We performed secondary analyses to examine lifetime risk for AF attributable to causes other than CHF. In this analysis, we excluded participants with a history of CHF before or at the index examination, and only considered as cases those who had development of AF without antecedent or concurrent CHF during follow-up. We also excluded participants with CHF diagnosed concurrently with AF, because often it was not possible to ascertain which condition came first. Similar analyses were performed only counting those who had development of AF without baseline, antecedent, or concurrent CHF or myocardial infarction.

For each index age, we also grouped participants according to the blood pressure measurement at the examination most closely preceding (up to 6 years before) the index age. Participants were assigned to one of the following 4 groups, according to blood pressure: systolic <130 and diastolic <85 mm Hg; the higher of systolic 130 to 139 or diastolic 85 to 89 mm Hg; the higher of systolic 140 to 159 or diastolic 90 to 99 mm Hg; and systolic ≥160 or diastolic ≥100 mm Hg. In 2 separate analyses, we assigned participants who were receiving antihypertensive therapy to the highest blood pressure stratum; we then repeated the analysis, assigning blood pressure stratum regardless of treatment status.

Results

Study Sample

There were 3999 men and 4726 women in the study sample who were followed up from 1968 through 1999, for a total of 176 166 person-years. Baseline characteristics of the study sample at the initial examination are shown in Table 1. During follow-up, 936 participants had development of AF and 2621 died without prior AF.

TABLE 1. Characteristics at Earliest Examination During Study Period (1968 to 1999)

Age, y
<4040–4950–5960–6970–84
MenWomenMenWomenMenWomenMenWomenMenWomen
Hypertension, %17.45.933.520.244.235.458.158.457.374.1
Antihypertensive therapy, %1.10.95.84.39.713.219.022.312.726.8
Prior myocardial infarction, %0.101.70.14.90.57.01.28.11.9
Prior CHF, %00000.20.61.71.52.42.7

Lifetime Risk for AF

Lifetime risks for AF in men and women at selected index ages are shown in Table 2. At age 40 years and older, lifetime risks for AF were approximately 1 in 4 for both men and women. Remaining lifetime risk did not change across index ages because of rapidly increasing age-specific AF incidence rates with advancing age, which is illustrated in Figure 1, in which the slopes of the cumulative risk curves rise more steeply with each decade of index age.

TABLE 2. Lifetime Risk for AF at Selected Index Ages by Sex

Index Age, yMenWomen
All values are percentages.
4026.0 (24.0–27.0)23.0 (21.0–24.0)
5025.9 (23.9–27.0)23.2 (21.3–24.3)
6025.8 (23.7–26.9)23.4 (21.4–24.4)
7024.3 (22.1–25.5)23.0 (20.9–24.1)
8022.7 (20.1–24.1)21.6 (19.3–22.7)

Figure 1. Cumulative risk for AF at selected index ages for men and women, with death free of AF considered a competing event. Lifetime risk for a given index age is cumulative risk through age 94 years.

Lifetime Risk for AF Without CHF

To understand the effect of CHF on lifetime risk for AF, we excluded participants with a history of CHF before the index age and only counted those who had development of AF without antecedent or concurrent CHF during follow-up. In this setting, estimated lifetime risks were 5% to 6% lower (Table 3, top, and Figure 2A).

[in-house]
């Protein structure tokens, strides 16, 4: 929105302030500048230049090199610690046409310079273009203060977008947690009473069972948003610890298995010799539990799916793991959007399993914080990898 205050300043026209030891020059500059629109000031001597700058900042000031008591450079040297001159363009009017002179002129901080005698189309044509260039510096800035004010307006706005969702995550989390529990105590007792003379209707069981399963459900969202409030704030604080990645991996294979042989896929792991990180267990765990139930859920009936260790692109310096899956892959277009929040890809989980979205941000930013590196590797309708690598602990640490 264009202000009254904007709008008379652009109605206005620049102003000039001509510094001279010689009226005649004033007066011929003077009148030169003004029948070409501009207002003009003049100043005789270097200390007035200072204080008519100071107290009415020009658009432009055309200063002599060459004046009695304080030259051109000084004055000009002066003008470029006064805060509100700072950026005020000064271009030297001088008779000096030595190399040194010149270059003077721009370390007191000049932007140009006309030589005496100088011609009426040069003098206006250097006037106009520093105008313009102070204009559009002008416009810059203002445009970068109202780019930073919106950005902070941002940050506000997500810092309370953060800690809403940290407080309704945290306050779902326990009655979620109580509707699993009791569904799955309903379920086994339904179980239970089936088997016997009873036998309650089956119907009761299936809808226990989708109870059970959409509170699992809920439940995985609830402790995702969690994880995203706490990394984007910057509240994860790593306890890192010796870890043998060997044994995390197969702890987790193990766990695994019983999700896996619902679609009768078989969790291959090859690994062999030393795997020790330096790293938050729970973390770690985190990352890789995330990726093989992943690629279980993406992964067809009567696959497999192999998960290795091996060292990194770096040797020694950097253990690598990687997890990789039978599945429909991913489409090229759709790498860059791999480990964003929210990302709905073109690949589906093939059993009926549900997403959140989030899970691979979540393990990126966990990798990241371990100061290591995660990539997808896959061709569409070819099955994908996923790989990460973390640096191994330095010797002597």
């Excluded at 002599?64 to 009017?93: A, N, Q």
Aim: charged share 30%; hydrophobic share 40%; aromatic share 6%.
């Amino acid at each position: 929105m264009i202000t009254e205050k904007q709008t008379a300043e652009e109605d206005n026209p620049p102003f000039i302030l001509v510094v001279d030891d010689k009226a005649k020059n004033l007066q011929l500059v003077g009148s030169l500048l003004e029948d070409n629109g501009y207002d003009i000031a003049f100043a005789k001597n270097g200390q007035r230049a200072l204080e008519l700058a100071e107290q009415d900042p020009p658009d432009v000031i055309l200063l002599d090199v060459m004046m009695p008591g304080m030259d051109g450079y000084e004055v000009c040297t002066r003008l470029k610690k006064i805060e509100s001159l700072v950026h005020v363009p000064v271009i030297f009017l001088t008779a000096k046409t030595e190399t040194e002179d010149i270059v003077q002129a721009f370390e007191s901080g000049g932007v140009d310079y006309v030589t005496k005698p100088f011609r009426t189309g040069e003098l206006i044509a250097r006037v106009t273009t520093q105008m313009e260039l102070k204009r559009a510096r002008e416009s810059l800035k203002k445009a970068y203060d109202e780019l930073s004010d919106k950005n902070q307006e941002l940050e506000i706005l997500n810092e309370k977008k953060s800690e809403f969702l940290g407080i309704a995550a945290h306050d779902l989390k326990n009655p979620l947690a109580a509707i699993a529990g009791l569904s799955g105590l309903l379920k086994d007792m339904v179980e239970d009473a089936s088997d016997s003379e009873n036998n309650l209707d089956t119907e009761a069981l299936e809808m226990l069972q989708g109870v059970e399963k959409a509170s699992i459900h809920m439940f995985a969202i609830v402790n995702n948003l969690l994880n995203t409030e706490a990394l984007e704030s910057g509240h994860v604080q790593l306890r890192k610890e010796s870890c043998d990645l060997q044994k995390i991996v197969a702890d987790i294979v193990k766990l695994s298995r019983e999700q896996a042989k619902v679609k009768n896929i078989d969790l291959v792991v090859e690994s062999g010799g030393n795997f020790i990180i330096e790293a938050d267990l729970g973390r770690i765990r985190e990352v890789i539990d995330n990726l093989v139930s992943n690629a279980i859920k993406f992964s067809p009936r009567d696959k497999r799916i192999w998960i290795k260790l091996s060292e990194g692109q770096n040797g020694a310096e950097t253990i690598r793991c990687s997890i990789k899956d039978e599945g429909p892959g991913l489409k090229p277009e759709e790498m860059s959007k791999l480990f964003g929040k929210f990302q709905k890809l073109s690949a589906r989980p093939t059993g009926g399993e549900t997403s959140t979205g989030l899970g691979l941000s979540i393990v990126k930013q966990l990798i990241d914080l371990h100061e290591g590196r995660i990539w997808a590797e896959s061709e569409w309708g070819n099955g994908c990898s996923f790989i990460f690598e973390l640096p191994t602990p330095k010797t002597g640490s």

TABLE 3. Lifetime Risk for AF in the Absence of Antecedent or Concurrent Diagnosis of CHF or CHF or Myocardial Infarction

Index Age, yMenWomen
All values are percentages.
Lifetime risk for AF without antecedent or concurrent CHF
    4020.517.0
    5020.517.3
    6020.317.4
    7019.117.0
    8017.615.9
Lifetime risk for AF without antecedent or concurrent CHF or myocardial infarction
    4016.315.6
    5016.615.9
    6016.816.1
    7016.515.9
    8016.014.8

Figure 2. Cumulative risk for AF at selected index ages for men and women, with occurrence of CHF or death free of AF considered competing events (A), or occurrence of CHF, myocardial infarction, or death free of AF considered competing events (B). Lifetime risk for a given index age is cumulative risk through age 94 years.

Lifetime Risk for AF Without CHF or Myocardial Infarction

In a similar analysis, we excluded participants with history of CHF or myocardial infarction at the index age and only considered those who had AF in the absence of antecedent or concurrent CHF or myocardial infarction. Again, lifetime risk for AF was reduced similarly for men and women, by 7% to 10%. Thus, lifetime risks for AF in the absence of CHF or myocardial infarction were about 16% for men and women (Table 3, bottom, and Figure 2B).

Lifetime Risk for AF by Blood Pressure Strata

Because hypertension is an important independent risk factor for AF, we examined lifetime risk for AF according to blood pressure strata at each index age. Overall, lifetime risks were fairly similar across blood pressure strata (Table 4) in younger participants, with somewhat better discrimination of remaining lifetime risk at older index ages. Assigning blood pressure level by ignoring treatment status did not change the results materially (data not shown).

TABLE 4. Lifetime Risk for AF by Blood Pressure Levels at Selected Index Ages

Index Age, yLifetime Risk for AF
MenWomen
SBP <130 and DBP <85SBP 130–139 or DBP 85–89SBP 140–159 or DBP 90–99SBP ≥160 or DBP ≥100 or TreatedSBP <130 and DBP <85SBP 130–139 or DBP 85–89SBP 140–159 or DBP 90–99SBP ≥160 or DBP ≥100 or Treated
All values are percentages.
*Lifetime risk through age 90 years only because of limited length of follow-up. SBP indicates systolic blood pressure (in mm Hg); DBP, diastolic blood pressure (in mm Hg).
40*27.422.325.130.718.614.821.120.4
5027.023.224.534.224.320.821.927.8
6021.823.623.831.119.920.025.726.4
7017.426.023.029.216.722.617.527.5
8018.213.727.726.615.817.122.324.0

Discussion

Principal Findings

For men and women 40 years of age and older, the remaining lifetime risk for development of AF is approximately 1 in 4. Of note, lifetime risks for AF were similar in men and women at all ages. When we considered only participants who had AF in the absence of antecedent CHF or myocardial infarction, lifetime risks were somewhat lower, at approximately 1 in 6. Knowledge of blood pressure level helped to discriminate remaining lifetime risks for AF somewhat better in older than in younger participants.

Implications